Embodiments of the present invention provide a situational awareness and crisis management system that provides multiple modes of communication. Communication may be performed between any and all of multiple geographically distributed points (e.g., users) and a center (e.g., central command center/central authority). For example, communication can be performed point to point, point to center, center to point, point to multiple points, center to multiple points, point to point and center, point to multiple points and center. The system may be configured to permit point to point and point to multiple point communication to occur via the center or directly from point to point/multiple points. This list of modes of communication is not exhaustive.

Embodiments of the present invention provide a situational awareness and crisis management system that provides remote third party hosting of software/server. The server, including software and one or more databases for storing information may be hosted by a third party at a location remote from the users, where the disaster occurs. It is possible to implement the database(s) as unit(s) separate from the server. With remote third party hosting, the users affected by the disaster do not have to support the information technology (IT) infrastructure and staff for the situational awareness and crisis management system. Remote third party hosting may provide enhanced reliability/availability of the system during a disaster, security, and convenience.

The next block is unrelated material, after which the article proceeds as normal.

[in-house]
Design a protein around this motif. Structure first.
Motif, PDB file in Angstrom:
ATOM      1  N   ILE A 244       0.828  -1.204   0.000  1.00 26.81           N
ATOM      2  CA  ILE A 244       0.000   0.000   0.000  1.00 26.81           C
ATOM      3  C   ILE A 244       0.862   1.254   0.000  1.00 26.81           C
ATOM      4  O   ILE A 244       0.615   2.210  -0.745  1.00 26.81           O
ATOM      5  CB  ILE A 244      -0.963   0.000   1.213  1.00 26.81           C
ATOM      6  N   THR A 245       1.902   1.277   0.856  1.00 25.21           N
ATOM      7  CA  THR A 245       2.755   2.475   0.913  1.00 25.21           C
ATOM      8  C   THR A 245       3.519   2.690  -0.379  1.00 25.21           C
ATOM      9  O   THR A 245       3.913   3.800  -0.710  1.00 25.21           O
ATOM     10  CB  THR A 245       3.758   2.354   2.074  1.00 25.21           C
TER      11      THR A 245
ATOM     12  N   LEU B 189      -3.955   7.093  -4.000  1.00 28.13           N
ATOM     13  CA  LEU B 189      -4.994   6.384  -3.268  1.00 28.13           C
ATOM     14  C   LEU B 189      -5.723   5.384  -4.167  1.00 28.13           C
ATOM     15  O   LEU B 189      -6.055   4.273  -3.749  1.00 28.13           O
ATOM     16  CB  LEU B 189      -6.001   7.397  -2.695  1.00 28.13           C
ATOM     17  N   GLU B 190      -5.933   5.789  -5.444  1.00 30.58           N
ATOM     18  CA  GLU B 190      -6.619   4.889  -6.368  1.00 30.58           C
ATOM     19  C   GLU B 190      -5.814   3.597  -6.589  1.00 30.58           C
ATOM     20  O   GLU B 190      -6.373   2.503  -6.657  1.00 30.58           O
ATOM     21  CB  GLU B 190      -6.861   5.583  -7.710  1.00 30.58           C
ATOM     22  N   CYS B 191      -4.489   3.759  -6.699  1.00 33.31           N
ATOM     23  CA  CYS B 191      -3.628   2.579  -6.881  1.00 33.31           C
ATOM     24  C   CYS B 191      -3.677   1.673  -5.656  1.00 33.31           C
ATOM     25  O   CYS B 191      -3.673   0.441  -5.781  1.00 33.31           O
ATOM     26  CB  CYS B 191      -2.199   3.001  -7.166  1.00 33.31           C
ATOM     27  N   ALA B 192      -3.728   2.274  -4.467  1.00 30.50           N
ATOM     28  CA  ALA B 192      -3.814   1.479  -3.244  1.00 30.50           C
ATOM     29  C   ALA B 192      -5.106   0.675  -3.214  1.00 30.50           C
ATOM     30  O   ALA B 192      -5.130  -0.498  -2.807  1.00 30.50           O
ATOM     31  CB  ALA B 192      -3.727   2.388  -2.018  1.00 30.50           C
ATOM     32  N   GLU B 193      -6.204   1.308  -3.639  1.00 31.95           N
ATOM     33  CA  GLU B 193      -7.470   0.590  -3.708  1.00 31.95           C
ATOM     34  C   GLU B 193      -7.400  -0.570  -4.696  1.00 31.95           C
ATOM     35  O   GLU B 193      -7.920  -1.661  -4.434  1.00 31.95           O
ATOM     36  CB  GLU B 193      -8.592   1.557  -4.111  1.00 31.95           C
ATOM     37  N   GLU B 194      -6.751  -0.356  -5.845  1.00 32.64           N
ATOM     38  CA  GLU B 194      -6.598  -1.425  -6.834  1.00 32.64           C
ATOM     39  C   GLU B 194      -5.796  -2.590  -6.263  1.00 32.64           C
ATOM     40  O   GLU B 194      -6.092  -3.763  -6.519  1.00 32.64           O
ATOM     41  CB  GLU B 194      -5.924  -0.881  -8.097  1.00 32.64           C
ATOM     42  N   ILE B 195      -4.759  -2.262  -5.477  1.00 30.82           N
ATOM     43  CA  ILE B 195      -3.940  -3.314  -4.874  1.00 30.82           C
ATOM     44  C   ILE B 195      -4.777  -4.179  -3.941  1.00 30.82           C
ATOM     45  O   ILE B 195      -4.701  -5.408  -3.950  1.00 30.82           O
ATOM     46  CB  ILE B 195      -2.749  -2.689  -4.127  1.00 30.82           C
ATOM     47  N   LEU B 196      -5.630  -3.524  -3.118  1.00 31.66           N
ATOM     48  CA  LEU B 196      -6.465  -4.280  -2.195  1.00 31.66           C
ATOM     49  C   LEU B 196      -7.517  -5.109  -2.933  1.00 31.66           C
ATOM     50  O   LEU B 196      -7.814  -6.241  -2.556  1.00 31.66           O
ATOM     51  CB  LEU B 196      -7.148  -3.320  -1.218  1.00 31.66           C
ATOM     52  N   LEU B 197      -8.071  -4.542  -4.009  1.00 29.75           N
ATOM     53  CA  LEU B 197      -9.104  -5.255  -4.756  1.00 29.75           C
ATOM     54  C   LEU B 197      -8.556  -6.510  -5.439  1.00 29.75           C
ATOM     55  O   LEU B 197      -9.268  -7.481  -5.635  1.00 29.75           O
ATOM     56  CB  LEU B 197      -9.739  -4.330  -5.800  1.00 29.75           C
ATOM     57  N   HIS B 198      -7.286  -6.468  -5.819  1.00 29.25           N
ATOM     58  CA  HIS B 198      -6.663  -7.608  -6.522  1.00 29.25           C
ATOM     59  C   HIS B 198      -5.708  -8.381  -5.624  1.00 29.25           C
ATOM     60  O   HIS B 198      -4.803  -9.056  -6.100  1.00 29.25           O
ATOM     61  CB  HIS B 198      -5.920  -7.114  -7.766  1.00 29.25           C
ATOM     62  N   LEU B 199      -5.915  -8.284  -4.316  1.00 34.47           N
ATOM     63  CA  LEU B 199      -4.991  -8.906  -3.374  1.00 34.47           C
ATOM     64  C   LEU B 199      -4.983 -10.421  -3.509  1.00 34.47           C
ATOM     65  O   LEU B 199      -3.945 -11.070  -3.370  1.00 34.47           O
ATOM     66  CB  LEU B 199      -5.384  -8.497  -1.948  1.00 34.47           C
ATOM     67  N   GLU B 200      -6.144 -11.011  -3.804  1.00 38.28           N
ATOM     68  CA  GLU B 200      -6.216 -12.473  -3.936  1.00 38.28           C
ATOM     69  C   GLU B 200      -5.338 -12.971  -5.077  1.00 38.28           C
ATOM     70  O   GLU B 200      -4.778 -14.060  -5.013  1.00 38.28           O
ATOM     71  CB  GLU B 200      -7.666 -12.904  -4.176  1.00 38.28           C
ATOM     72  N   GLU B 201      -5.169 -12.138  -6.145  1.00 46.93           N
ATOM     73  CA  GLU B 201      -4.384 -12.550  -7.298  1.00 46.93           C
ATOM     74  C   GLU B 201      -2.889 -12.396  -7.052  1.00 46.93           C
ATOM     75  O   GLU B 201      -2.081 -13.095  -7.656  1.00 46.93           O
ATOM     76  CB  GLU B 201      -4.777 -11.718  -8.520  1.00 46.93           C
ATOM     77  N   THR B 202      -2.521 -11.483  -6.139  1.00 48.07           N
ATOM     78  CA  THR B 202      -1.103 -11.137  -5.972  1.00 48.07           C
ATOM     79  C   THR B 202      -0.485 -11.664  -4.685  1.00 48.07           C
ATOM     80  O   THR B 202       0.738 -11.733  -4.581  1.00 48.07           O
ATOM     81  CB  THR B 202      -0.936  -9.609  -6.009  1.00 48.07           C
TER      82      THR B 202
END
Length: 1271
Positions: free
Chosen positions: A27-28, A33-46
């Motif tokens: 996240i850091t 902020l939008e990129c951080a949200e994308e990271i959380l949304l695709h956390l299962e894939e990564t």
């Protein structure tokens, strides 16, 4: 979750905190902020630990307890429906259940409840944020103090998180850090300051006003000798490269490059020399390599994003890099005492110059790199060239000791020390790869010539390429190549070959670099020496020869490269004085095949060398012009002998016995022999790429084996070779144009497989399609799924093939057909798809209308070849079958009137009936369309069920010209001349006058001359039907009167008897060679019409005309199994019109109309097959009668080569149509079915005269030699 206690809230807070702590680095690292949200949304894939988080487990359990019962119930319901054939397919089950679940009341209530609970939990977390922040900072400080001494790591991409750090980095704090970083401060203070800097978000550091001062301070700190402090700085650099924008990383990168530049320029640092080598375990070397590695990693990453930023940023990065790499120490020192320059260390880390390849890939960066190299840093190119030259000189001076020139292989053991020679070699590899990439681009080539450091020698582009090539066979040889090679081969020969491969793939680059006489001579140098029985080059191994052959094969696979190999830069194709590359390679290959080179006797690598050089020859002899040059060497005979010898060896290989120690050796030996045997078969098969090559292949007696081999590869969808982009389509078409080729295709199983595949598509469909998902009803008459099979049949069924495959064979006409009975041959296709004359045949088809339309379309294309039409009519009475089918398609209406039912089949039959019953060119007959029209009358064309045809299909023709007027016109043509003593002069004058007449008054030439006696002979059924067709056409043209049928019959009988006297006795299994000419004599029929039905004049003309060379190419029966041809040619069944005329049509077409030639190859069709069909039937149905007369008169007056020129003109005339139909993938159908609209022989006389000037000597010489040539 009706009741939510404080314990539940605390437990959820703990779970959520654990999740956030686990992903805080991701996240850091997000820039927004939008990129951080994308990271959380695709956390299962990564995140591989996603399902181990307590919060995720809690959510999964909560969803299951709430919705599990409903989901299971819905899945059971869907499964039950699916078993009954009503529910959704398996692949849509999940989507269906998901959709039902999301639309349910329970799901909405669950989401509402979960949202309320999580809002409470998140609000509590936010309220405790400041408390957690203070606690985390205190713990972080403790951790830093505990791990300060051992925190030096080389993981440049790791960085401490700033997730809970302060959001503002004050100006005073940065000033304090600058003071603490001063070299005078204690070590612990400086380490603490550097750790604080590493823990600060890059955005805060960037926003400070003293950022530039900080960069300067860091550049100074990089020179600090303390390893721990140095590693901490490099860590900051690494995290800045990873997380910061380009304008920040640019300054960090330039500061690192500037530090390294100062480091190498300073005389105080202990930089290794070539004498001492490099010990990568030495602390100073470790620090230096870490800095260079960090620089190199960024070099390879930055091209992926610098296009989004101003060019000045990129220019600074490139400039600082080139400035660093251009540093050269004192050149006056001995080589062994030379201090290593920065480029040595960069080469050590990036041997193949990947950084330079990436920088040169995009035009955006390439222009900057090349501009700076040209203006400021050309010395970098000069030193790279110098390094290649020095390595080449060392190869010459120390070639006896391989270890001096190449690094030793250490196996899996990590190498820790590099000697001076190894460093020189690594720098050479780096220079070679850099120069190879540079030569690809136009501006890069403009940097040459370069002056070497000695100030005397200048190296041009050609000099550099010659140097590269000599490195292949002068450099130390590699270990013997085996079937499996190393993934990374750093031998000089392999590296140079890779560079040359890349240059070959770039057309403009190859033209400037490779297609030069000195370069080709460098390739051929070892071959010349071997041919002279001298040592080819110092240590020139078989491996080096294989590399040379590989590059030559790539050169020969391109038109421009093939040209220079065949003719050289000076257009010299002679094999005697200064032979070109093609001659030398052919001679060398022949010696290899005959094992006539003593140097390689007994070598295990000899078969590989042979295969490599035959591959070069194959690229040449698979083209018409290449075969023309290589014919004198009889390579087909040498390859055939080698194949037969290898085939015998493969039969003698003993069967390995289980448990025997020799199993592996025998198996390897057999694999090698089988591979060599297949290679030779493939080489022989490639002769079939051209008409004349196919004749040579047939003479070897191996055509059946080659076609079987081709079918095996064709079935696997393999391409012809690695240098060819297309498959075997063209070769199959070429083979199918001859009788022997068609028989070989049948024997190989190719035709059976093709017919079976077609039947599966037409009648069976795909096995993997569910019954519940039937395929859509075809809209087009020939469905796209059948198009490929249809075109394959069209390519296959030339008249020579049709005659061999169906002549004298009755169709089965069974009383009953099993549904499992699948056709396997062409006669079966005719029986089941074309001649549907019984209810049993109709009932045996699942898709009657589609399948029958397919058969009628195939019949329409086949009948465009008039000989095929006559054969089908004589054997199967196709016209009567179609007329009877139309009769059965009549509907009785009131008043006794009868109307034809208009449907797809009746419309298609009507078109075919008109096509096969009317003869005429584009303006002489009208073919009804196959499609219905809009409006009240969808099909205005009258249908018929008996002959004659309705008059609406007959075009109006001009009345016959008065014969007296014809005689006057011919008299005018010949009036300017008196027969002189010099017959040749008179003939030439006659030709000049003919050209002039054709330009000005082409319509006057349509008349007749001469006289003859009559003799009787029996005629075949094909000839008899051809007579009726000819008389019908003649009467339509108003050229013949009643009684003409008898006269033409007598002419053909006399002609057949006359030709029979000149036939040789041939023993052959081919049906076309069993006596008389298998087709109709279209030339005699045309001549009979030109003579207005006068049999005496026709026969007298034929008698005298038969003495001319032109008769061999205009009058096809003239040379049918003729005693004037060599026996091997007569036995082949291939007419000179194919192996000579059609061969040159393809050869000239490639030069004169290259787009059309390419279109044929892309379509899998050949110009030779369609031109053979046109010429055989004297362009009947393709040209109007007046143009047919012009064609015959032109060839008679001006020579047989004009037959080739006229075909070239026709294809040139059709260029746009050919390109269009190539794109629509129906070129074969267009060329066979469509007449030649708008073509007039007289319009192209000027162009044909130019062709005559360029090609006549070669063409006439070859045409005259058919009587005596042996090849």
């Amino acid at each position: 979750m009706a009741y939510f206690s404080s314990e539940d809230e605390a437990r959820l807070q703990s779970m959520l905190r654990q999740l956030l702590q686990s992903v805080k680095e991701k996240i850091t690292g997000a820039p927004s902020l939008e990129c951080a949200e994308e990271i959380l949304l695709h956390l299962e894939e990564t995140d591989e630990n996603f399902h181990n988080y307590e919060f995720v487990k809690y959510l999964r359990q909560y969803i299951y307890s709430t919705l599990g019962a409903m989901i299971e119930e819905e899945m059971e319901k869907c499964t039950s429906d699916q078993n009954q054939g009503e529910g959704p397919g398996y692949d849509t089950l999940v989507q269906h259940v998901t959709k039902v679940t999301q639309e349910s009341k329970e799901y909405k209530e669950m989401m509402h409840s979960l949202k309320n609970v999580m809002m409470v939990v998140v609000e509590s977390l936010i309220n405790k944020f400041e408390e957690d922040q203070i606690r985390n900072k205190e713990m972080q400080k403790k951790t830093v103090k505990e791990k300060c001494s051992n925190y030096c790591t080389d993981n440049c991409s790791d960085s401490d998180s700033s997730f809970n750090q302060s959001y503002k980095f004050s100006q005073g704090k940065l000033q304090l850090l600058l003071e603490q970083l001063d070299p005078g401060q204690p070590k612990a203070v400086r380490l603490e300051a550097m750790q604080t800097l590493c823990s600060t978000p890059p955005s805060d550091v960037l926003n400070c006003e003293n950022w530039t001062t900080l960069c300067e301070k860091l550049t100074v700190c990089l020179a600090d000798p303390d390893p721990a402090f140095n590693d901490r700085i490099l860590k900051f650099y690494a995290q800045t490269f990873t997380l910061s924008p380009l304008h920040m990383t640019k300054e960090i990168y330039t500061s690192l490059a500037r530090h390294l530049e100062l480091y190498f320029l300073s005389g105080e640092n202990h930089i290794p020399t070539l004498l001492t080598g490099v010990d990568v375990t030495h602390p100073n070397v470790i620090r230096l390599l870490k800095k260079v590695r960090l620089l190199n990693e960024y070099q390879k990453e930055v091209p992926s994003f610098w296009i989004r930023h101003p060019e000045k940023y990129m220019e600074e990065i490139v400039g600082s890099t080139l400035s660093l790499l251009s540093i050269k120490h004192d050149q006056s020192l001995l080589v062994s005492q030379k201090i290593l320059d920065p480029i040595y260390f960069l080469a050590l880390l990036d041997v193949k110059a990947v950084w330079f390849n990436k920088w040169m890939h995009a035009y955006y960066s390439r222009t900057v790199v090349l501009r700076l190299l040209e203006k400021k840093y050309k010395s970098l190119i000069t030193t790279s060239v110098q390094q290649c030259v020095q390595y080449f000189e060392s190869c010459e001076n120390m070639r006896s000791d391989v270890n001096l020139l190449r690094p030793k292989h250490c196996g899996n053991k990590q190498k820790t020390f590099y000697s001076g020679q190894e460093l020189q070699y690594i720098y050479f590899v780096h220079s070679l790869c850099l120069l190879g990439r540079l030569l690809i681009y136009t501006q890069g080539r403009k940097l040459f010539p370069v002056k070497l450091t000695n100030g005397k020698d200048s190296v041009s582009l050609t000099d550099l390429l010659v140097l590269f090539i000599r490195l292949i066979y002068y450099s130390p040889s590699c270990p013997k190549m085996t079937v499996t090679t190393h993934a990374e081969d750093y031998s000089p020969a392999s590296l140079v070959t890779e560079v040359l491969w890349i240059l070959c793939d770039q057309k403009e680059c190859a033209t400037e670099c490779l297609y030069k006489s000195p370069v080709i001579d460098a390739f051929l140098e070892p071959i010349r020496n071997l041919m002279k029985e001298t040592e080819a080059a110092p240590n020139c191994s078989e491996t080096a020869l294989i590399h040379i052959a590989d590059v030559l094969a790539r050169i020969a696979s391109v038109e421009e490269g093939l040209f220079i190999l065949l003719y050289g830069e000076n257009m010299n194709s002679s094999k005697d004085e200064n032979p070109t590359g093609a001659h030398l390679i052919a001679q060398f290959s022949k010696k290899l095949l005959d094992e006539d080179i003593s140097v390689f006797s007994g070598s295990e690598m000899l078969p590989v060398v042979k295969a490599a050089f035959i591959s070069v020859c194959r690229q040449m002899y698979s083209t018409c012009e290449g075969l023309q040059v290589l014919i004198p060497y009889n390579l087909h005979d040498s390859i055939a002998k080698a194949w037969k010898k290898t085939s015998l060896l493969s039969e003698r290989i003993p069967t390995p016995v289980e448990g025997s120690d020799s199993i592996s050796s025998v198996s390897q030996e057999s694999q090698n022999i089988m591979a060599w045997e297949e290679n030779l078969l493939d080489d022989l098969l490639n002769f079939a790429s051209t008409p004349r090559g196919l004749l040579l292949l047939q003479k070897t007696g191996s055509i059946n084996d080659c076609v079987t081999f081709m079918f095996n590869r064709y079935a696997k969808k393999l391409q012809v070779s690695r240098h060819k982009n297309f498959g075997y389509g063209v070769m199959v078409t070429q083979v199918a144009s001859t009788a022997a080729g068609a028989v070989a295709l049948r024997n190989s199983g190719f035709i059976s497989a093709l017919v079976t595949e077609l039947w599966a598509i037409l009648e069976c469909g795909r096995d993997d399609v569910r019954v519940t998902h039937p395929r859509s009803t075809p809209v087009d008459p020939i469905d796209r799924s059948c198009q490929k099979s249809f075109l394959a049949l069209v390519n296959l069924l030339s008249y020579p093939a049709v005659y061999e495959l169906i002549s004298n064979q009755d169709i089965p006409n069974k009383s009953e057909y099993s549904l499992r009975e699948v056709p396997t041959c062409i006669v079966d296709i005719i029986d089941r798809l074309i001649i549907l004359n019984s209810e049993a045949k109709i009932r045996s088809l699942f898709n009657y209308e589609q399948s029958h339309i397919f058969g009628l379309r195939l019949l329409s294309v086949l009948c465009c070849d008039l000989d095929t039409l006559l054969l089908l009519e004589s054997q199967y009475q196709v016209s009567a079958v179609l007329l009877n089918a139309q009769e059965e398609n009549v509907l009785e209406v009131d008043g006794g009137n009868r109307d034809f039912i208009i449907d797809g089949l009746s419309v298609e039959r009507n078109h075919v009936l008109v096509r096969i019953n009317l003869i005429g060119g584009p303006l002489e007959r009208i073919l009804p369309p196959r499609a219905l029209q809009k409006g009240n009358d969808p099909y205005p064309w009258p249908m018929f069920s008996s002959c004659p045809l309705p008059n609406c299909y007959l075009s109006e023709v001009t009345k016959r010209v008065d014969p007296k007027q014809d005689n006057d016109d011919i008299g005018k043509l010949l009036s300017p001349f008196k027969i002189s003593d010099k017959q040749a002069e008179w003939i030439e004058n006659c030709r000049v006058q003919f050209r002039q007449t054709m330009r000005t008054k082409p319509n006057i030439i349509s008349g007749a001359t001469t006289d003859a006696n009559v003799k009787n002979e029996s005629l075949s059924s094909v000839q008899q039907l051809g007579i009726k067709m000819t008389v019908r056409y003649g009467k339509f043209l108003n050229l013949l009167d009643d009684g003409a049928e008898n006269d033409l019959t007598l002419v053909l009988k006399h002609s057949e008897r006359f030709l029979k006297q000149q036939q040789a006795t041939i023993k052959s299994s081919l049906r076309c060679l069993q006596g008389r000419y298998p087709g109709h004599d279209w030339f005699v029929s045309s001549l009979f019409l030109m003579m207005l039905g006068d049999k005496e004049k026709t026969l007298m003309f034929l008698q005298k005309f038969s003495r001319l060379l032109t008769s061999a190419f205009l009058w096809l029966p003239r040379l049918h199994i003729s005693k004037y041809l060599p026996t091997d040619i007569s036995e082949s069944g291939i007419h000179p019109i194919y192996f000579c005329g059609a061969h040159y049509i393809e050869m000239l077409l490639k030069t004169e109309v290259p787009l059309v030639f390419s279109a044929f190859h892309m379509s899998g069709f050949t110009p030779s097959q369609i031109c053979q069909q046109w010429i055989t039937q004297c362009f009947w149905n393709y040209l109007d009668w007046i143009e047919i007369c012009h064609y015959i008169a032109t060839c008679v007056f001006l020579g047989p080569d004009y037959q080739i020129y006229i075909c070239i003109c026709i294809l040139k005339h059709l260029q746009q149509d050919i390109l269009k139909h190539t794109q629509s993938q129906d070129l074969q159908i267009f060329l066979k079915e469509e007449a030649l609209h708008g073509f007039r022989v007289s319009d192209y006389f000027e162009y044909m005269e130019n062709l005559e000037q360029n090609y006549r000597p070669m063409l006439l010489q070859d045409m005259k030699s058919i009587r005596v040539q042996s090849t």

In response to a disaster, a recovery team may be assembled to handle the disaster to ensure minimum interruption to business operations. Multiple teams may be assembled, e.g., local response teams assigned to handle given assets in different geographic locations, and a central response team overseeing multiple local response teams. Groups may also be formed, such as groups of authorized users, authorized to perform certain tasks, access certain information or the like. Groups of users may also be formed as recipient lists for receiving communications, or communications pertaining to a certain asset/location, etc.

A brief overview has been provided above; it is not intended to be exhaustive. A more detailed description follows. For the sake of brevity, a situational awareness and crisis management system may be referred to in this disclosure as a crisis management system.

According to embodiments of the present invention, a crisis management system, including a server, client devices, a software service on the server, a central database, and a software application on the client devices, among other components, will be described with reference to FIGS. 1-6. FIG. 1 provides an overview of such a crisis management system, while FIG. 2 illustrates a client device thereof. FIG. 3 illustrates such a software service on the server, while FIG. 4 illustrates such a software application on a client device. FIG. 5 illustrates a first arrangement of the flow of communication among the server and the client devices of a crisis management system, in accordance with some embodiments. FIG. 6 illustrates a second arrangement of the flow of communication among the server and the client devices of a crisis management system, in accordance with some embodiments.